By Jenny Bardsley
This is a geoboard. It only costs about six dollars and is one of the most wonderful learning tools ever. You can use geoboards to teach counting, multiplication, division, geometry, fractions and a whole bunch of other things too.
But when it comes to using geoboards in the classroom, they present a major problem. Managing a bunch of boys with ready access to rubber bands is tough, even for an accomplished teacher. That’s why using geoboards at home with your child in a one-on-one setting is ideal.
Why are geoboards so awesome? Take a look a look at this picture of a square and triangle. By looking and counting I can tell that the area of this square equals 16 square inches. This also reinforces the multiplication fact 4 X 4 = 16.
But what about the area of the triangle? Well, I can see with my eyes that the triangle is cutting the square in half. I know that half of 16 is 8. So that means that the area of this triangle is 8 square inches.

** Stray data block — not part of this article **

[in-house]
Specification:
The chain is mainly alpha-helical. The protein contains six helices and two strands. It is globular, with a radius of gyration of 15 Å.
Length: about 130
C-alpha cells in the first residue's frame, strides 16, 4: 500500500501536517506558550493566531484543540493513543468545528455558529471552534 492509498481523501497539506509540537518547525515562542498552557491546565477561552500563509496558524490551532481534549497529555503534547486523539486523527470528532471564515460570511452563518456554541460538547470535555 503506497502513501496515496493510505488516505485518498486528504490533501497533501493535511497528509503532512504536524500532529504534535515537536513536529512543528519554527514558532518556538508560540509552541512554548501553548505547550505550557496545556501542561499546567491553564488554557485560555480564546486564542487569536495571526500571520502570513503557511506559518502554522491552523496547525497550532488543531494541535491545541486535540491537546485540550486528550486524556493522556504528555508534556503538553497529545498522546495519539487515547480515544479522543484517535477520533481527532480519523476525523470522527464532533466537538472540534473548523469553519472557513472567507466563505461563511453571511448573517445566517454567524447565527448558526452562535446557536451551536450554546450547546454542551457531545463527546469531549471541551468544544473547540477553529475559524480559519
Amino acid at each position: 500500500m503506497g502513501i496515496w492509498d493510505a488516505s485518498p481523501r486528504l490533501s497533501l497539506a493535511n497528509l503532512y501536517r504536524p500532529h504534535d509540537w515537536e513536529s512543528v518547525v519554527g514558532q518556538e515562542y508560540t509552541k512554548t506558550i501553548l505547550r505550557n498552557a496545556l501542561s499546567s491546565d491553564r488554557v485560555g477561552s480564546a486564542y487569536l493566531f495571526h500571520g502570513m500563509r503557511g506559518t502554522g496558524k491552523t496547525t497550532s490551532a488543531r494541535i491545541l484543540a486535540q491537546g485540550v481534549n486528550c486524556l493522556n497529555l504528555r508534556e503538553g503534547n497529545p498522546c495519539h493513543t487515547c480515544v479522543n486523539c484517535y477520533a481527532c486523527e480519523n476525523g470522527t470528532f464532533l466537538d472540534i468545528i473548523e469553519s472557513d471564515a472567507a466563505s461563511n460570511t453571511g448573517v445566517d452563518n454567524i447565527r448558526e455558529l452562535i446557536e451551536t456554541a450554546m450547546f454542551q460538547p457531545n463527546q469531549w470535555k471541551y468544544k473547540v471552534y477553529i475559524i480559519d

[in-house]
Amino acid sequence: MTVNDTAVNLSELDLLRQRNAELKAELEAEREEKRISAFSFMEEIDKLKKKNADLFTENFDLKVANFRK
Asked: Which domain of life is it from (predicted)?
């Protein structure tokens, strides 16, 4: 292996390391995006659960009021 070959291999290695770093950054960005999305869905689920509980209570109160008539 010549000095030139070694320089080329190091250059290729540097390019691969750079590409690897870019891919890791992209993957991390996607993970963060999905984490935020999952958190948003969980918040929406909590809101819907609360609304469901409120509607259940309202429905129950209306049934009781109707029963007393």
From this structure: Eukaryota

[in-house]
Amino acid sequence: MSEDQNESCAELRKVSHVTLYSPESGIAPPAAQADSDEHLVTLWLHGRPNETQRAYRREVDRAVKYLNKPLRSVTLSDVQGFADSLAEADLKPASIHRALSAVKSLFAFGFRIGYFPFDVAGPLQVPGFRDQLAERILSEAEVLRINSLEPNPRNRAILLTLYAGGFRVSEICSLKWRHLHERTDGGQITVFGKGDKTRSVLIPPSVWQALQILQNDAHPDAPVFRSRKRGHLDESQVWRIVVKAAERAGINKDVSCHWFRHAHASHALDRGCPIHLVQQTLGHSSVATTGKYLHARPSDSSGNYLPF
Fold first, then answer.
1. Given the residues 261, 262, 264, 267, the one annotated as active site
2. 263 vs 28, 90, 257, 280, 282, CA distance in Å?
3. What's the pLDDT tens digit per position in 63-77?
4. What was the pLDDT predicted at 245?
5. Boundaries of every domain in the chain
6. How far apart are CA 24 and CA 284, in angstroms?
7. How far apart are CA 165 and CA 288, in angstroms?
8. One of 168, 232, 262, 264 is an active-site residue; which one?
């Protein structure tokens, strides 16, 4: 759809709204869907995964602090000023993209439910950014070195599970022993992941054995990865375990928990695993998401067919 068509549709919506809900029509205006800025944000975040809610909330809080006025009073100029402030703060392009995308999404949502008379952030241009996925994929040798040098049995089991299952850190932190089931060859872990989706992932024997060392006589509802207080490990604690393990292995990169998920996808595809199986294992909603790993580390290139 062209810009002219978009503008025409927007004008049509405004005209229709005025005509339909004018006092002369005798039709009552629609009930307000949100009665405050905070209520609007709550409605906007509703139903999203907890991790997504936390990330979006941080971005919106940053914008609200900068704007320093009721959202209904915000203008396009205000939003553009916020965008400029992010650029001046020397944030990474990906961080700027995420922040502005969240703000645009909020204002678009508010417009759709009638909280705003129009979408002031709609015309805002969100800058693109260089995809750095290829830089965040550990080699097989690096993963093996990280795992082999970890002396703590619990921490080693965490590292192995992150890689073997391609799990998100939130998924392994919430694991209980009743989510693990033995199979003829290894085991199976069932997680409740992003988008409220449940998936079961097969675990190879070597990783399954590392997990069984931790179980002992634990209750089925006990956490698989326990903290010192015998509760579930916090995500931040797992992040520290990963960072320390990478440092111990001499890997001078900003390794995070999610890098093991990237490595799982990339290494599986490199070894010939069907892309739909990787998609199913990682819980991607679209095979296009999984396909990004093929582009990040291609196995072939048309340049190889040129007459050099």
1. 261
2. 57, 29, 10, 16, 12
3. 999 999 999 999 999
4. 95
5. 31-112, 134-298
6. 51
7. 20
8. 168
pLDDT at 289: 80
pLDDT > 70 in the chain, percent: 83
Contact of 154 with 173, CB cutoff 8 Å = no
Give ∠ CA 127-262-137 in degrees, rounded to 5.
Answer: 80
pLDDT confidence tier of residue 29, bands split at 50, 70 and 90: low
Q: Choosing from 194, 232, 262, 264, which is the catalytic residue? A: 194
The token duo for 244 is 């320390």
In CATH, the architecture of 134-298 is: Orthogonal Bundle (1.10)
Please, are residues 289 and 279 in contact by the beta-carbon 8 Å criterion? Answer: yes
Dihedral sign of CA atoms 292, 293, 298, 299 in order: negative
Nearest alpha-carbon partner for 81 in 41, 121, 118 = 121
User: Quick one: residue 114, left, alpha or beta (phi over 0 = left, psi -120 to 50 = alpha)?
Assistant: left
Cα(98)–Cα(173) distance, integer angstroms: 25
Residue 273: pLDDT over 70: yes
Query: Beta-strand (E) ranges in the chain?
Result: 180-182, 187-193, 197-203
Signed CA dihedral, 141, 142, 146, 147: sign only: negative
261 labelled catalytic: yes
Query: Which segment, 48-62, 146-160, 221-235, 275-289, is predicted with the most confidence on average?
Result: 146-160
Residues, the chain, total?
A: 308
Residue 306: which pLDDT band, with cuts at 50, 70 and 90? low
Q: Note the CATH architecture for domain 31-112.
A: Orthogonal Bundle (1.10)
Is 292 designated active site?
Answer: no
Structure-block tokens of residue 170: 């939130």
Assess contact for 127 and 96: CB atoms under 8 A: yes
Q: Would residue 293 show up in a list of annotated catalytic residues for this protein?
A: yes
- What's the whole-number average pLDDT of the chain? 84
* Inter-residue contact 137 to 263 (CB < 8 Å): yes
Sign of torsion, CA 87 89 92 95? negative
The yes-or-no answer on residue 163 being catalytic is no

You might remember from school that the formula for figuring out the area of a triangle is 1/2 bh. In this case, that would be ½(4 x 4) = 8.
But which makes more sense to you; looking at the geoboard and “knowing” that the triangle is equal to half of the square, or cranking through some formula?
Eventually, we want all students to master formulas. You can give your child a head start by teaching them geometry in a way that makes sense. I have a slew of geoboard lessons on Teaching My Baby to Read that can get you started.
Have fun with those rubber bands!